Early this morning, there was a M 3.5 earthquake that was widely felt across southern California. It is a good reminder for people to prepare for the potential of larger earthquakes in this region. The last earthquake of significant magnitude was the 2014.03.28 M = 5.1 La Habra earthquake. Here is my first earthquake report for that earthquake and here is an update with more interpretations. This earthquake happened a day after the 50th anniversary of the 1964 Good Friday Earthquake. Here is the USGS web page for today’s M = 3.5 earthquake.
Today’s earthquake did not rupture a previously mapped fault, but is close to the right-lateral strike-slip fault system to the north, the San Gabriel fault. This SGF has a slip rate of about 1-5 mm/yr. The USGS has a web page summarizing information about the SGF here. Today’s earthquake occurred near the 1971 Sylmar earthquake, which was a compressional earthquake that caused significant damage. The Sylmar quake led to the passage of the Alquist-Priolo Law, which until recently was not funded.
Here is a map that shows the epicenter as an orange dot (representing depth, which is really shallow). I plot the shaking intensity contours, using the Modified Mercalli Intensity Scale (MMI), with a legend in the upper left corner. The MMI is based upon people’s observations of ground shaking and damage. It is a qualitative scale, but is really useful because it is based on real observations that often have a much more dense coverage than that provided by seismometers. I also place the USGS focal mechanism for this earthquake on the map. Based upon the nearby mapped faults, I interpret this earthquake as a right-lateral strike-slip earthquake. There is a map of the regional faulting associated with the San Gabriel fault system (Cromwell, 1952). More on the SGF can be found here and here (Beyer et al., 2009).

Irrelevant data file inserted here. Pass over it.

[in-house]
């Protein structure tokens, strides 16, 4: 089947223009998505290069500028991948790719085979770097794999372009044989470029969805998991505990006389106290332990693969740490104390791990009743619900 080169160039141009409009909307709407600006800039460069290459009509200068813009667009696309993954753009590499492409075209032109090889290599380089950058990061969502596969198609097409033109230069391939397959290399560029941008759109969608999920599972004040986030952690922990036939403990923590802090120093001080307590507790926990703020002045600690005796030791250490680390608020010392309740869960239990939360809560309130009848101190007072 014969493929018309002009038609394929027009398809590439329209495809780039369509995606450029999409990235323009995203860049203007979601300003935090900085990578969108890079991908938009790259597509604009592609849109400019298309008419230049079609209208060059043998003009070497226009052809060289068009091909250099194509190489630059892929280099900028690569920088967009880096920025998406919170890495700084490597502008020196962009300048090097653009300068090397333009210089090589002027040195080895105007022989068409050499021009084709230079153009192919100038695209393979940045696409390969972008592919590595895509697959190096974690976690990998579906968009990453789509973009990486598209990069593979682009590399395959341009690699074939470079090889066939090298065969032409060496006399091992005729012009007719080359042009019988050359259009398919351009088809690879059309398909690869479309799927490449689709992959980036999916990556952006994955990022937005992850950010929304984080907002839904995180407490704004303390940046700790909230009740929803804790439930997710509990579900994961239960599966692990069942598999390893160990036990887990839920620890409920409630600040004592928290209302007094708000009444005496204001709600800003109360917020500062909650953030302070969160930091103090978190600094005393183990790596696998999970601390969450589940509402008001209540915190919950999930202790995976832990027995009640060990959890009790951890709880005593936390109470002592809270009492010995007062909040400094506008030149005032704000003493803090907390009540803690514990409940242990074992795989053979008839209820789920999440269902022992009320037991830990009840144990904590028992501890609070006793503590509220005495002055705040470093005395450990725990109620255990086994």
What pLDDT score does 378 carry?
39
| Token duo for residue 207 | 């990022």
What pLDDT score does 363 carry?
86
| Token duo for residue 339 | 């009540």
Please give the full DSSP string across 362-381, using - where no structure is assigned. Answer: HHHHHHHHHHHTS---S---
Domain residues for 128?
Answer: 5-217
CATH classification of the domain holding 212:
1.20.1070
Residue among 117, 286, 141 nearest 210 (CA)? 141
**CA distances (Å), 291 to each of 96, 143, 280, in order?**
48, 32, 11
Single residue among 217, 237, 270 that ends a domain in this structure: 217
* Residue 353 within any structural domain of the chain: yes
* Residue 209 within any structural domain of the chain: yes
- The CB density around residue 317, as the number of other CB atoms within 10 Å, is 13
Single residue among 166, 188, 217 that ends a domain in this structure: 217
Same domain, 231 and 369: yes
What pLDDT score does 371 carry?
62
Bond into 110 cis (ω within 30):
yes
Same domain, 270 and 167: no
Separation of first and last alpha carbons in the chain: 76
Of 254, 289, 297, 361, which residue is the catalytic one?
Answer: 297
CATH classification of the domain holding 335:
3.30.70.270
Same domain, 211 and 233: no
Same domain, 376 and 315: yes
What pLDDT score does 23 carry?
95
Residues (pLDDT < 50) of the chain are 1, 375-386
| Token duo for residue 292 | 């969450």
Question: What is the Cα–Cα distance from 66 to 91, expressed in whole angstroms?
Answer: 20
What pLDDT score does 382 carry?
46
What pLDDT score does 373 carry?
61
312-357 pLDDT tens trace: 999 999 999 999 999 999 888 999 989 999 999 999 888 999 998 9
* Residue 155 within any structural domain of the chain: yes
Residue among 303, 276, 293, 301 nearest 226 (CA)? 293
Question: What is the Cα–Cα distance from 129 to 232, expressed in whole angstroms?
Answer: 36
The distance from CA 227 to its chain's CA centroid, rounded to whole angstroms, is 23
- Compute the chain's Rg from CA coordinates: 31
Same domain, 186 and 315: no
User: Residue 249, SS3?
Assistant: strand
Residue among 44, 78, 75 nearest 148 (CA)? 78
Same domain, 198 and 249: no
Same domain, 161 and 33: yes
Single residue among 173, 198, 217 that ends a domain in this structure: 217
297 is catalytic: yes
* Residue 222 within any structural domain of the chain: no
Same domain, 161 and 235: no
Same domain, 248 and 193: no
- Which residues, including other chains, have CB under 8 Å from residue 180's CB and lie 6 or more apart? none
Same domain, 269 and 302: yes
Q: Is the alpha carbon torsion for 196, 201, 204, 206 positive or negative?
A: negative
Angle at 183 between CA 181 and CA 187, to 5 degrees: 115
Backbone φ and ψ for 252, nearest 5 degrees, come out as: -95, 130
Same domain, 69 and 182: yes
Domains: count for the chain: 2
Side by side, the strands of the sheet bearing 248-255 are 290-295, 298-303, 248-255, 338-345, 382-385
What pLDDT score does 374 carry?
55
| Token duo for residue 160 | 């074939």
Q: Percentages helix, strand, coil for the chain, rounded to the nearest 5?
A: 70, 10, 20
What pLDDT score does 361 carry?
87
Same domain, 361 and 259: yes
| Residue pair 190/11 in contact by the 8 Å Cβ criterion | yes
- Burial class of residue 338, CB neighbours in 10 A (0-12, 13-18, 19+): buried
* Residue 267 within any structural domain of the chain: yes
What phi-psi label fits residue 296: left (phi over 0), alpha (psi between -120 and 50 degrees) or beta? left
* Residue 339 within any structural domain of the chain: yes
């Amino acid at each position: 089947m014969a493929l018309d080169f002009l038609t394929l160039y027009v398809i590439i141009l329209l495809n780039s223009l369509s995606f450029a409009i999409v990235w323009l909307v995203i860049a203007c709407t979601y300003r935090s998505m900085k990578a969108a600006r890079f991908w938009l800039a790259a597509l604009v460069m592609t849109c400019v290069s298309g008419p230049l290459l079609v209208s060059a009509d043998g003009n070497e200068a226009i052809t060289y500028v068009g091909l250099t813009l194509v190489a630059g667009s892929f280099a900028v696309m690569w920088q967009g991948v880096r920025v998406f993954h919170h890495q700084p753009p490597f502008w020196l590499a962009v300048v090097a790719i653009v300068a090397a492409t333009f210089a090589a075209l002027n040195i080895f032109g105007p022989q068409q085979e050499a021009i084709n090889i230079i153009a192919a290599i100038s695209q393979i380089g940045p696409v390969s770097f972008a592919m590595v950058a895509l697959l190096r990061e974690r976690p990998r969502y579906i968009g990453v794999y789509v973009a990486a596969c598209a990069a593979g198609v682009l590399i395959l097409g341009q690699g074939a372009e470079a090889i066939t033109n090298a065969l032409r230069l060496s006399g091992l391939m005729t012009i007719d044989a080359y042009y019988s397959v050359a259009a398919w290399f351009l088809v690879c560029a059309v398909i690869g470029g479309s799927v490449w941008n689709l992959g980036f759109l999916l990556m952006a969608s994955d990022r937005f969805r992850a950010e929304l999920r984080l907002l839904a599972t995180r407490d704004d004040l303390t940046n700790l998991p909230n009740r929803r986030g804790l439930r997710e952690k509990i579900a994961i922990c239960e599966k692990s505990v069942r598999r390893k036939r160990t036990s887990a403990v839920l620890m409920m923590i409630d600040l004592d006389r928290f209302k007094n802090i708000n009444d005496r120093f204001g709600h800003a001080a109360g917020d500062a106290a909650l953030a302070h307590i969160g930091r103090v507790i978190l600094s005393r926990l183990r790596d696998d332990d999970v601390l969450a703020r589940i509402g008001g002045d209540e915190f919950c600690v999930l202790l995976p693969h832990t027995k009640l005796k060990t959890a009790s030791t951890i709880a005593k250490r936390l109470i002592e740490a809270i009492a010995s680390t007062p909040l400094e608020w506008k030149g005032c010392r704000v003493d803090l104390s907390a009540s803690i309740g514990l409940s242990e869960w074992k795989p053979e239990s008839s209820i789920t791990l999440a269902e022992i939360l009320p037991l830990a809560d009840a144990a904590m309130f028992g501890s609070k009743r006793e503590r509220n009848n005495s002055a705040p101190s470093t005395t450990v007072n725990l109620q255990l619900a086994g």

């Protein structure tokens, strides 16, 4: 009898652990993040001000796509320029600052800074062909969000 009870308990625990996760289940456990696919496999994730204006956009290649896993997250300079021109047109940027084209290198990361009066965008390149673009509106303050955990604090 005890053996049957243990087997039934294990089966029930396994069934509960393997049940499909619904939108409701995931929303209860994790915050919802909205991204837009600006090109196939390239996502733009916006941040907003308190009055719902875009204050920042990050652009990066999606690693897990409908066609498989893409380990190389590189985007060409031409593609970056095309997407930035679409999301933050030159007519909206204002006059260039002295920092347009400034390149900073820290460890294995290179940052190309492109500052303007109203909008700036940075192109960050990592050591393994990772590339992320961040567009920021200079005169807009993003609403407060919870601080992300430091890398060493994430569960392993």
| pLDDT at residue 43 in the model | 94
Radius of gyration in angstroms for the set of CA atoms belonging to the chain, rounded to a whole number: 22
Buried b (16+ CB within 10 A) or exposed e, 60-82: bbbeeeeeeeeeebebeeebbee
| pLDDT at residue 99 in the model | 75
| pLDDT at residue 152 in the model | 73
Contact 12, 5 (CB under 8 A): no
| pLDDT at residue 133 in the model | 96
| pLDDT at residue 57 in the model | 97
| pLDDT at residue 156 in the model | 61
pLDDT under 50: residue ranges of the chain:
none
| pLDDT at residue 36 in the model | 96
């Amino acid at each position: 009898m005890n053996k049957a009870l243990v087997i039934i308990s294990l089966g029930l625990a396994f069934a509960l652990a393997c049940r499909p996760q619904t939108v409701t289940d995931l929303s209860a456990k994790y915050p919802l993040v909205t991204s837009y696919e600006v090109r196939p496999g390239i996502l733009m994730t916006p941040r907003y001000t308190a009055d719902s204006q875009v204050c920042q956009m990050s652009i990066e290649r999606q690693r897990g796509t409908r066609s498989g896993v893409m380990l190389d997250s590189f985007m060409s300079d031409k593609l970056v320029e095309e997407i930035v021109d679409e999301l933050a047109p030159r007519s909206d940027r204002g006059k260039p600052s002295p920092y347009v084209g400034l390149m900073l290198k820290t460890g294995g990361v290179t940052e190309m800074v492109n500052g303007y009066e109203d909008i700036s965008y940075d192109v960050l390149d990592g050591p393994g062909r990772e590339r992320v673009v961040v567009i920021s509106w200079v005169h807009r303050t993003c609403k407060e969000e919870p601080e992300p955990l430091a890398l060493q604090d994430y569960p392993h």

I placed a moment tensor / focal mechanism legend in the upper right corner of the map. There is more material from the USGS web sites about moment tensors and focal mechanisms (the beach ball symbols). Both moment tensors and focal mechanisms are solutions to seismologic data that reveal two possible interpretations for fault orientation and sense of motion. One must use other information, like the regional tectonics, to interpret which of the two possibilities is more likely.
Here is that Cromwell (1952) map alone.
This map shows how widely felt this M 3.5 earthquake was. These results are based upon the USGS “Did You Feel It?” website. The colors match the MMI contours in my map above.
Here is the USGS shakemap for comparison. This map is based upon modeling of ground motions using Ground Motion Prediction Equations (GMPEs, or attenuation relations). GMPEs are empirical relations between earthquake magnitude, distance to the fault, type of earthquake, type of crust, type of earth that the seismic waves are propagating through, etc.
Here is a comparison between the modeled ground motions and the observed ground motions (the above two maps). The orange line represents the GMPE model output and the blue dots are the data from real person’s observations as reported to USGS. There is a moderate fit to the modeled data, albeit imperfect. This earthquake magnitude is small, so there are more earthquakes that provide the empirical relations for this size of an earthquake. The misfit for some of the blue data points may be attributed to site conditions (where the obervers were located). Perhaps the people who made those reports live in a sedimentary basin or on a ridge top, both of which can amplify the ground motions.
In April 2015, there was some activity along the Newport Inglewood fault, another right lateral strike slip fault system in the Los Angeles Basin. Here is an earthquake report for that series of earthquakes. Below is a map from that earthquake series.
Here is a map that shows several of the significant earthquakes that I have mentioned above. I originally posted this on this earthquake report from April 2015.
- Beyer, L.A., McCulloh, T.H., Denison, R.E., Morin, R.W., Enrico, R.J., Barron, J.A., and Fleck, R.J., 2009, Post-Miocene right separation on the San Gabriel and Vasquez Creek Faults, with supporting chronostratigraphy, western San Gabriel Mountains, California: U.S. Geological Survey Professional Paper 1759, 44 p.
- Crowell, J.C., 1952, Probable large lateral displacement on San Gabriel fault, southern California: Am. Assoc. Petroleum Geologists Bull., vol. 35, pp. 2026-2035.